Divine norms suffuse every story in Numbers, structure every prophetic diatribe against the nations in Isaiah, and fill all of Paul’s epistles. Six times in the New Testament, in fact, the Spirit inspired Paul to tell his readers to imitate him (2 Thess 3:7; 1 Cor 4:16; 11:1; Phil 3:17; 4:9; 2 Tim 1:13), and two times to praise his readers for doing so (1 Thess 1:6; 2 Tim 3:10; cf. 1 Thess 2:14). This means that Paul himself—or what we know of him from the New Testament—is one of the means by which God reveals norms for us. Paul wasn’t sinless, but we are supposed to look to his example, whether he’s issuing an imperative or not.
Take a random, fairly commonplace verse from the Pauline epistles:
I rejoiced in the Lord greatly that now at length you have revived your concern for me. You have revived your concern for me. You were indeed concerned for me, but you had no opportunity (Phil 4:10).
There are no grammatical imperatives in these two sentences. They are, in the most basic sense, historical descriptions of the feelings of an ancient ex-Pharisee and some ancient ex-pagan Greeks. But do any norms for my own behavior or feeling appear here? Yes. This verse sets up Paul as an example: look at the kind of thing he rejoiced over. (When you get a meal from another Christian, do you rejoice more because of the chili or because you got to see God’s grace at work in him or her?) The verse also sets up the Philippians as examples; Certain Philippians showed emotional concern for Paul that sought to express itself in material, physical help, even though they were hindered from actually doing so. “We should be like that, too,” is a legitimate application of this passage (when taken in balance with the necessity of grace, of course).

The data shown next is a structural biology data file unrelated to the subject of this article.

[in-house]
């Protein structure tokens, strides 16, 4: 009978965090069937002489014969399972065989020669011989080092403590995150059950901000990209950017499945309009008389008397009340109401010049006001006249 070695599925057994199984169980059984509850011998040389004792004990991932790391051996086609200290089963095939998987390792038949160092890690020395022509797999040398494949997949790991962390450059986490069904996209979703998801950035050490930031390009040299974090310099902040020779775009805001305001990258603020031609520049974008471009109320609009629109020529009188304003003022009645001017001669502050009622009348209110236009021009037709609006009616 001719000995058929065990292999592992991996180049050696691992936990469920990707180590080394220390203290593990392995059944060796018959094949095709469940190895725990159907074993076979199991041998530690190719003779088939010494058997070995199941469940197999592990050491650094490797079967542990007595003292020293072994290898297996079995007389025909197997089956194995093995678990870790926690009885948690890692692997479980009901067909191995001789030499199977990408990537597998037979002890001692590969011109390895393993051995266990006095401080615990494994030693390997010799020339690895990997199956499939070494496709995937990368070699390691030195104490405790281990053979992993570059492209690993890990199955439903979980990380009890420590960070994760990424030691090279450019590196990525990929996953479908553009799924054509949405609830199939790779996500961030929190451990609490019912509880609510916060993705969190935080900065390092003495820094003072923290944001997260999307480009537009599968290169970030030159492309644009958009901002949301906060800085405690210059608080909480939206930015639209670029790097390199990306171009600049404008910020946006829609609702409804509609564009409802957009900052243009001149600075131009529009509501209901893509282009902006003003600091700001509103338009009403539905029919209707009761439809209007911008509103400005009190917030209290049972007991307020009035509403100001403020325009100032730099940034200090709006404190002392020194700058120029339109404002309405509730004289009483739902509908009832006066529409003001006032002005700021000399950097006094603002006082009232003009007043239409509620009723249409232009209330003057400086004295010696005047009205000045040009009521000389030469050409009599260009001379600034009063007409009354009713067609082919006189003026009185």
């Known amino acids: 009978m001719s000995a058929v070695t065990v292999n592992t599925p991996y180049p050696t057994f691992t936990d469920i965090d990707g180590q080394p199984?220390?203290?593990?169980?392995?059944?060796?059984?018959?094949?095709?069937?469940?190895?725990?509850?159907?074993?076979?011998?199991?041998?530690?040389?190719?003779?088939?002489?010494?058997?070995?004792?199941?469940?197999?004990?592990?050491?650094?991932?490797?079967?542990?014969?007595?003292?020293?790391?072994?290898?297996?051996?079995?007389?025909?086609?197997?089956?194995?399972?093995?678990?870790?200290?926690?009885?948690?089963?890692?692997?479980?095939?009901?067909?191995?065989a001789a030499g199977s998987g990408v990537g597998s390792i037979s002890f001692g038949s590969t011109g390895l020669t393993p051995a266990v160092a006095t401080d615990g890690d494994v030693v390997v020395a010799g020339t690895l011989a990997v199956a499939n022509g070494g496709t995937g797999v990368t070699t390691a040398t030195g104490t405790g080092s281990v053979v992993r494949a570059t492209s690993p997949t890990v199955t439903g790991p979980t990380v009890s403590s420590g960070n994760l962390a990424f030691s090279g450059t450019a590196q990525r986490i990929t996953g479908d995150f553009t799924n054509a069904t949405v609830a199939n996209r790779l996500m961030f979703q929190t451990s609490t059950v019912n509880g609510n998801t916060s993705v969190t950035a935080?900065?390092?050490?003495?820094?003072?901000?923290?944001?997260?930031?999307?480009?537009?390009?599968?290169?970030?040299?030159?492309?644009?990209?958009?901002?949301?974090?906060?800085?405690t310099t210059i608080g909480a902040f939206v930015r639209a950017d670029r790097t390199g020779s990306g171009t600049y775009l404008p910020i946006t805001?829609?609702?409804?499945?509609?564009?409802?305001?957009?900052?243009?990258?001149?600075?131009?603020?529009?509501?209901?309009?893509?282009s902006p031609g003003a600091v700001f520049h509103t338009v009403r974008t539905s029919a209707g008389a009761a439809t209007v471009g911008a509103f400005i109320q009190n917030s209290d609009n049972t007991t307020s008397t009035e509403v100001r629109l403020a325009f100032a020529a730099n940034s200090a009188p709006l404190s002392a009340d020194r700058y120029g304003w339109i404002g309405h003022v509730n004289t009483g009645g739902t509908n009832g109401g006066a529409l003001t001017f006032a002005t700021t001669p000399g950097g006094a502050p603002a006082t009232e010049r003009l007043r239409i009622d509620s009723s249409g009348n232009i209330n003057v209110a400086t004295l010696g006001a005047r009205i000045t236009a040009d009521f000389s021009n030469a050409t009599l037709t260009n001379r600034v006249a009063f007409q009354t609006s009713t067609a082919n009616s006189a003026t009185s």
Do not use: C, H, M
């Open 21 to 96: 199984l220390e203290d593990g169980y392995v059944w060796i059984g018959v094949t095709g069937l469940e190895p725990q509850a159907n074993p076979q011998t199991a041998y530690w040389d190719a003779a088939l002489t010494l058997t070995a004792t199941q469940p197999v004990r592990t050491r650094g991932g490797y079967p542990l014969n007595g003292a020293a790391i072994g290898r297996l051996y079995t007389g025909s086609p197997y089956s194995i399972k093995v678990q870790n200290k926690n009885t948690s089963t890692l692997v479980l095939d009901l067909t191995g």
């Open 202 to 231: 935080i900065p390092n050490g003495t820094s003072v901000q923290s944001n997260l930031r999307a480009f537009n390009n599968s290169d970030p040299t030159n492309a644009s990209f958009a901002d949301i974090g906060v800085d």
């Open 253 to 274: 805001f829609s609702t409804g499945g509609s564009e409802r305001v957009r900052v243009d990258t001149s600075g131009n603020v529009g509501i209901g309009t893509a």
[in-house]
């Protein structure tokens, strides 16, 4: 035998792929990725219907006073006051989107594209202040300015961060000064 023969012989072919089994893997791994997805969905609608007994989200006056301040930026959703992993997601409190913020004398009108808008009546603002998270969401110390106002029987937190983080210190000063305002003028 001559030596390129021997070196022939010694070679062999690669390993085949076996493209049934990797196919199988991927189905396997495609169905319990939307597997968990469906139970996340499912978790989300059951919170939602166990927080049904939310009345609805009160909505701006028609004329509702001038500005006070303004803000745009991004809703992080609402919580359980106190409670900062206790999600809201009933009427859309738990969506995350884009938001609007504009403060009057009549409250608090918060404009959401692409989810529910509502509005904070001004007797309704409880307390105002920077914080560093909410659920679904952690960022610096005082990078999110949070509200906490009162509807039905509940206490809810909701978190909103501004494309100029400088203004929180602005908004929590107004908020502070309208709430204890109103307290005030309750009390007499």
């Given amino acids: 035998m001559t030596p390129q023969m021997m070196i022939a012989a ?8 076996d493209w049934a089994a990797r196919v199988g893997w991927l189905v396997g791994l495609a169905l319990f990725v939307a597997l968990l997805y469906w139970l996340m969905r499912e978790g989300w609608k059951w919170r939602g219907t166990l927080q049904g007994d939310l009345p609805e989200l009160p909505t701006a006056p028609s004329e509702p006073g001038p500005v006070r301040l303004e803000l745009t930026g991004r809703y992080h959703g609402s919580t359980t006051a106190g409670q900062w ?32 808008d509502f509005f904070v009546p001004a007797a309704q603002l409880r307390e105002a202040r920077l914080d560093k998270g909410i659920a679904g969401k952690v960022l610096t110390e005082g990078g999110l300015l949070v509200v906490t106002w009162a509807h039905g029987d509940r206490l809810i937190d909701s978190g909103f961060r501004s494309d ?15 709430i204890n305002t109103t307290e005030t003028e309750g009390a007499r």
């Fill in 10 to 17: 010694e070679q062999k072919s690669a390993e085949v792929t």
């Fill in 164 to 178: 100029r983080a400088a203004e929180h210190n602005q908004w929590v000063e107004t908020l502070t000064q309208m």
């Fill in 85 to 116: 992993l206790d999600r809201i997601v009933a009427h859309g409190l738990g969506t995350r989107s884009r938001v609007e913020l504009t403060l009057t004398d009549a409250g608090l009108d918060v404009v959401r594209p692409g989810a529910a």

The connection between a given biblical statement and your personal moral responsibility is not always crystal clear at the outset. And it is difficult to give a rigorous philosophical-theological accounting for the way in which a story or poem can be “authoritative” in the first place. And “example” isn’t the only tool God uses to reveal his norms.
Mobile Ed professor Dan Doriani, drawing deeply from the work of John Frame, suggests that “biblical texts instruct us seven ways: through rules, ideals, doctrines, redemptive acts in narratives, exemplary acts in narratives, biblical images, and songs and prayers” (Putting the Truth to Work, 82). I came to the Bible, launched by Psalm 112:1’s promise of blessing, looking for rules. But God has other ways of instructing, shaping, and commanding me. I won’t say it’s wrong to search for and mark biblical commands. I will say that if you want to be blessed, delighting in God’s commandments means finding all the norms in Scripture, however God chose to reveal them.
Mark L. Ward, Jr. received his PhD from Bob Jones University in 2012; he now serves the church as a Logos Pro. He is the author of multiple high school Bible textbooks, including Biblical Worldview: Creation, Fall, Redemption.